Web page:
Interviewee: No, and it's - our biggest was - when I started it was Yugoslav, so Croatian, Serbian, Macedonian, and then over the years it's more Asian content. Now it's Sudanese, Bhutanese, yeah. Lots of - most of the ones that I started cleaning with are all retiring. But the thing is too, when I started I was one of the younger ones, but I'm still one of the younger ones. Cleaning jobs are not career jobs. It lost that. A lot of people who clean will only do it while they're students and until their English is good enough and they can go on and do something else. It's becoming harder and harder. That's part of the fight we have. Unless you make cleaning jobs good jobs, people are not going to want to do them and keep doing them. We're becoming an ageing workforce.
Facilitator: Yep. Were you involved in other community or social groups or other networks as well?
Interviewee: No, not really. Mainly just the union. It's been the only thing I think I've ever been involved with, other than sporting clubs through the boys. No, not really.
Facilitator: Okay. In terms of - you've already given me a taste of the types of activities you've been involved in, but what do you think are the most - so far, the most enduring moments or enduring memories for you?
Interviewee: I spoke to the Property Council. That was rather - and that went well. That was a bit scary. I think when I spoke with my favourite - I love Julia Gillard, so when the Commonwealth agreed to only use Clean Start contractors, and they flew me to Sydney and said Chris, say a few words, with about two minutes' notice, and I thought oh my goodness, so that was lovely. I think - they're all lovely when they're over. I think - there's been some horrific ones. Not really horrific. I think the ones where I get - I've been a couple of times - I think that was when Mark was getting sick, and I didn't realise I was a bit fragile, I spoke - I was at Parliament House and the - we were speaking about cleaners' wages, especially the cleaners at Parliament House.
I was standing with Brendon O'Connor, and I did the spiel, and the Commonwealth - the Parliament House cleaners were standing behind me. I did the speech that I've done, and I could feel myself getting tired and congested. Then I've gone - and I won't say it, but I swore, and I said I'm going to cry. I burst into tears, and I was so mortified and horrified.
[Phone call interruption]
Facilitator: So I'm just trying to remember where we were up to. Your most enduring memories.
Interviewee: Yeah, so I made a - burst into tears, continued, managed to get it out, and told them to delete the expletive, and was horrified. There's five banks of cameras, and just - anyway, I reduced most of the cleaners behind me to tears as well. Then while I was mortified, I kept saying what passion. Nada from National Office, Chris, they keep saying how wonderful you were. I said Nada it was awful. I didn't get half the things out I was going to say. I just got so upset. No, that's all right, they loved it.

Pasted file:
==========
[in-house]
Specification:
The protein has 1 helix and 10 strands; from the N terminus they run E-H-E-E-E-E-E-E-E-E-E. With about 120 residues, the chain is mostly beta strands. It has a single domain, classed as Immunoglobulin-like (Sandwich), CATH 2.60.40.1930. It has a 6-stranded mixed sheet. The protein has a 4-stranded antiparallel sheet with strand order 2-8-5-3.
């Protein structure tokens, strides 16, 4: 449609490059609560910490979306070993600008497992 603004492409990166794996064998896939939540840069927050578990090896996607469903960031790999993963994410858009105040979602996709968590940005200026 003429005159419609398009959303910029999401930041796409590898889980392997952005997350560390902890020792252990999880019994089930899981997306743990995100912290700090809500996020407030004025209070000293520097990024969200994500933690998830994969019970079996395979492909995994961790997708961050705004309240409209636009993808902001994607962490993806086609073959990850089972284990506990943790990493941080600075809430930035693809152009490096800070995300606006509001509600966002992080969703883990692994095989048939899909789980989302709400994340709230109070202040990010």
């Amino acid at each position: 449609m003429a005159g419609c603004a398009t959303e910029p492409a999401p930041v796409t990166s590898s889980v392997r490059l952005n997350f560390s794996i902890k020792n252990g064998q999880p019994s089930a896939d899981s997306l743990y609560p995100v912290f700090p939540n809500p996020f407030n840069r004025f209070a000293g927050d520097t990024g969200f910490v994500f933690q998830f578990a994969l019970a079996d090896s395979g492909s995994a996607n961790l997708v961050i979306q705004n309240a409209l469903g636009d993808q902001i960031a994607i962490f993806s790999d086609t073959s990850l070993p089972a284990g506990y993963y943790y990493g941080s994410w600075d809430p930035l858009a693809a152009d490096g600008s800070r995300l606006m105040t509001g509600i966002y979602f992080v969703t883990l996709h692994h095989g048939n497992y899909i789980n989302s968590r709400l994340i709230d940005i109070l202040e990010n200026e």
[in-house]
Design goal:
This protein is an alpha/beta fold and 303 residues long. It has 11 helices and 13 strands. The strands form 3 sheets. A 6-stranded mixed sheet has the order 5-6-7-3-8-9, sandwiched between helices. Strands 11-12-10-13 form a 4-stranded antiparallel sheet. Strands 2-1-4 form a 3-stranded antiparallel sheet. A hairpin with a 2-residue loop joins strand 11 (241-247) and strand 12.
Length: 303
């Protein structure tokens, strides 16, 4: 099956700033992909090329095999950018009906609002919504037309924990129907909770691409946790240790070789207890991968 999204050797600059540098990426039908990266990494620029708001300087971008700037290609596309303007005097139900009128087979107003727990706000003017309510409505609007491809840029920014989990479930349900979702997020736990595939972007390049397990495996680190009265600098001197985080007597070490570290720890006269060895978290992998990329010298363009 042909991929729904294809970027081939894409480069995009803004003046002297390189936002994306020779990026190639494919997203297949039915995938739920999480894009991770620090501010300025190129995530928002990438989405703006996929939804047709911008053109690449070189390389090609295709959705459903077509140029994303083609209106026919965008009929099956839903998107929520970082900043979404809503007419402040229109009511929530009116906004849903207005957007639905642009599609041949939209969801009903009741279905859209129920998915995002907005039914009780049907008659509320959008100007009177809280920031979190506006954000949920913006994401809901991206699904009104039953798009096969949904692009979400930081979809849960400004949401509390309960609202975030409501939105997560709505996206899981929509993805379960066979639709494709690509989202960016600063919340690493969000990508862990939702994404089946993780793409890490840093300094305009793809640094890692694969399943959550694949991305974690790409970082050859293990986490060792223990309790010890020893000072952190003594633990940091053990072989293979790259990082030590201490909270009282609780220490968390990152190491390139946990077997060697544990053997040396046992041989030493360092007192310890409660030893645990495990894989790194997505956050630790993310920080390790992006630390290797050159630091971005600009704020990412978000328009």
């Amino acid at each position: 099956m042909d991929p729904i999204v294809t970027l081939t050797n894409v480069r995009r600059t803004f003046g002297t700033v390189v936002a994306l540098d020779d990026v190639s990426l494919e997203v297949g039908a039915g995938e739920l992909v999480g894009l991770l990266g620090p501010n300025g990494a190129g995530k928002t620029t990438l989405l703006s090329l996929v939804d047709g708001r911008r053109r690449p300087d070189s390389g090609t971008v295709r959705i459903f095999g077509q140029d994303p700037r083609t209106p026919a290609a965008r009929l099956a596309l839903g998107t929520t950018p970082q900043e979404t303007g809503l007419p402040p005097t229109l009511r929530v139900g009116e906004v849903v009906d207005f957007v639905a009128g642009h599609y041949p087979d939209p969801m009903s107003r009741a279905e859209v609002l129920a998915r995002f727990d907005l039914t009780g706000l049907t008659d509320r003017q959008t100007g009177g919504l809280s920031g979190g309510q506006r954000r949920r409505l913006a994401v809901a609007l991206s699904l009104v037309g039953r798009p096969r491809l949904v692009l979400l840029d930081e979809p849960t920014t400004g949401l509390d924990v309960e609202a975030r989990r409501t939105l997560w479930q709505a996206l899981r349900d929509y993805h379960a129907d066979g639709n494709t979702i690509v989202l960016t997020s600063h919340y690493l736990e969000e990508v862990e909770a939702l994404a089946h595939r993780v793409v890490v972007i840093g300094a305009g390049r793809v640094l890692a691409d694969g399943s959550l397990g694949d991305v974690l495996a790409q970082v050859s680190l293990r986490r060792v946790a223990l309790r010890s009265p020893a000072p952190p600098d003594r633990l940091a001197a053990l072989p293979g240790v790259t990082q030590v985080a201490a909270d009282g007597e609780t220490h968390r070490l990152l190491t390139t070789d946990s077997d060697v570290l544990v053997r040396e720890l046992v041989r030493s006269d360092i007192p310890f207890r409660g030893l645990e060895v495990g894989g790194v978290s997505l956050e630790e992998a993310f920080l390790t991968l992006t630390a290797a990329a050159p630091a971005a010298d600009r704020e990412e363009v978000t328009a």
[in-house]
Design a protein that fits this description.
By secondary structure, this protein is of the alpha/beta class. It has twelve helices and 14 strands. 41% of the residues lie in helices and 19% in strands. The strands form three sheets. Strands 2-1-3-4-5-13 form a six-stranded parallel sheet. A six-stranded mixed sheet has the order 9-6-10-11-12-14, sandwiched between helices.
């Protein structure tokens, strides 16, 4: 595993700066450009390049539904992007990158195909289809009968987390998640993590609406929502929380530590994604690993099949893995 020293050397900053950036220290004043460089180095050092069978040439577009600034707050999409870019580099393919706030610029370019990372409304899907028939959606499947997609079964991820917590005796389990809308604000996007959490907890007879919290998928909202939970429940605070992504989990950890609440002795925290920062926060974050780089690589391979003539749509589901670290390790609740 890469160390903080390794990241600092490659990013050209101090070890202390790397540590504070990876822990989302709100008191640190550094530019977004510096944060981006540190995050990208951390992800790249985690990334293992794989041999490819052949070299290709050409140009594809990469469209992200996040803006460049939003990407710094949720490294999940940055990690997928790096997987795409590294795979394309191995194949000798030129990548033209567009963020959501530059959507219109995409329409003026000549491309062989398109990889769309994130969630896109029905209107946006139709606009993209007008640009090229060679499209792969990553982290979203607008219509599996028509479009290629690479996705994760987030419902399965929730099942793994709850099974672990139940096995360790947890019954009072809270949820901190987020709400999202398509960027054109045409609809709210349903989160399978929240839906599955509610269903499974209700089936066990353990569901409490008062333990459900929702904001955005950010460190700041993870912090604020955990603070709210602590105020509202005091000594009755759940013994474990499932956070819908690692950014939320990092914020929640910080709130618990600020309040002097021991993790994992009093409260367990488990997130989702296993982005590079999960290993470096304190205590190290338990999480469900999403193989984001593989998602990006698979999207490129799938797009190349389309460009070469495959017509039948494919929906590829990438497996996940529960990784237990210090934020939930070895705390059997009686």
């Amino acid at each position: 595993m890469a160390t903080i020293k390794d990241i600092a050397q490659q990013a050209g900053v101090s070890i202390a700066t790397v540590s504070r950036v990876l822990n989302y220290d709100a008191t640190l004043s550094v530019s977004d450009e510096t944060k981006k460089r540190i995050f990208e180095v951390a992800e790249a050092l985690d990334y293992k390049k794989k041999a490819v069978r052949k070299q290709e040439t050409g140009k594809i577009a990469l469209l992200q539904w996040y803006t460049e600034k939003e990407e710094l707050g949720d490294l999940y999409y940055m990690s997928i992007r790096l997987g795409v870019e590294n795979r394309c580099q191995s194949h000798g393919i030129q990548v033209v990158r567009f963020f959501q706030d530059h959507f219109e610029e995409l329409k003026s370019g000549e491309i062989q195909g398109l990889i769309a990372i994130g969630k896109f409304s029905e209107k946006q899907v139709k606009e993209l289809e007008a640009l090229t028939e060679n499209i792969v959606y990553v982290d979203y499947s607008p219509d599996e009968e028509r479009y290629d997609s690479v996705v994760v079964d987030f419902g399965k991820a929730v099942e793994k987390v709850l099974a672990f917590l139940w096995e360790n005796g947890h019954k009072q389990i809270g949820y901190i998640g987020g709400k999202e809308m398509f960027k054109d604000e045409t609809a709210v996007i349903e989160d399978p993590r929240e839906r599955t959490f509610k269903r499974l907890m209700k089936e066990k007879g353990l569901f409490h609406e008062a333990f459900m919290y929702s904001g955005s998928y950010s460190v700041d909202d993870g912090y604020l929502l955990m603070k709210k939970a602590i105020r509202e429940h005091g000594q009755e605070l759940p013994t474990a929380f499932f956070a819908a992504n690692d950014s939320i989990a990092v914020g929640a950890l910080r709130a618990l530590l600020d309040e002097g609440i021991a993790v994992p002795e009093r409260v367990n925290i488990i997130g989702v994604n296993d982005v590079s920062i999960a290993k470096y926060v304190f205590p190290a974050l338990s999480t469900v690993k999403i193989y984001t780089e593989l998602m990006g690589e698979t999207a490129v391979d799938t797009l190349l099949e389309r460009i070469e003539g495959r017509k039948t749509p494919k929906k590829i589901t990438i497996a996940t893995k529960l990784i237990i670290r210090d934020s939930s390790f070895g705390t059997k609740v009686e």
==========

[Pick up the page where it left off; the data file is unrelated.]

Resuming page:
Facilitator: It was powerful.
Interviewee: Yes. No, she was so passionate about what she was talking about. She meant what she said. I just felt stupid.
Facilitator: [Unclear] had impact.
Interviewee: Yes. No. I think the first - the first one I've got - actually I've got his picture - is - I told him we lived in the kitchen. He laughed. That was the launch of the Clean Start.
Facilitator: Ah ha.
Interviewee: With Kim Beazley, he was leader of the opposition at the time. We went and met him and had coffee with him. He sent us a signed picture.
Facilitator: Can I take a copy on my phone before I go?
Facilitator: That's fantastic. Great.
Interviewee: It's probably getting a bit dusty. He was funny. I saw him, and then I saw him within 12 months. He said you're like the salt and pepper. I thought he's picking on my hair. No, but he meant you're always at the table. So that was…
Facilitator: I like that one. I've not heard that.
Interviewee: No, I hadn't either. So of course I was thinking oh, are my grey hairs showing?
Facilitator: That would have been my response too.
Interviewee: But yes, no, lovely man. Very fond of Mr Beazley. Met Julia a few times. Very fond of Julia. Met Bill too. I didn't think I'd like him, but I do. I think when they're not being minded, and they just get to talk, yeah. That's when you get to know them.
Facilitator: Yeah. So they're the enduring memories. What would you identify as your greatest achievement?
Interviewee: I would have thought Clean Start, but then we lost it, and I think Lyndal and I have shed far too many tears over it. But then it's morphed into the Cleaning Accountability Framework, which I think will - Clean Start on steroids, will be long-term, will be - will survive longer, I think. We dragged cleaning contractors kicking and screaming, but this is sort of a more holistic approach. It's got all the wonderful things of Clean Start, with checks and balances. Because it's in the private sector, I think there's more chance it will come back towards - the governments will recognise it. It's contracting for dummies basically. That's hopefully - yes.
But portability of long service is…
Facilitator: It's a big one.
Interviewee: It's a biggie. Yeah.
Facilitator: What do you think were your biggest barriers or biggest hurdles?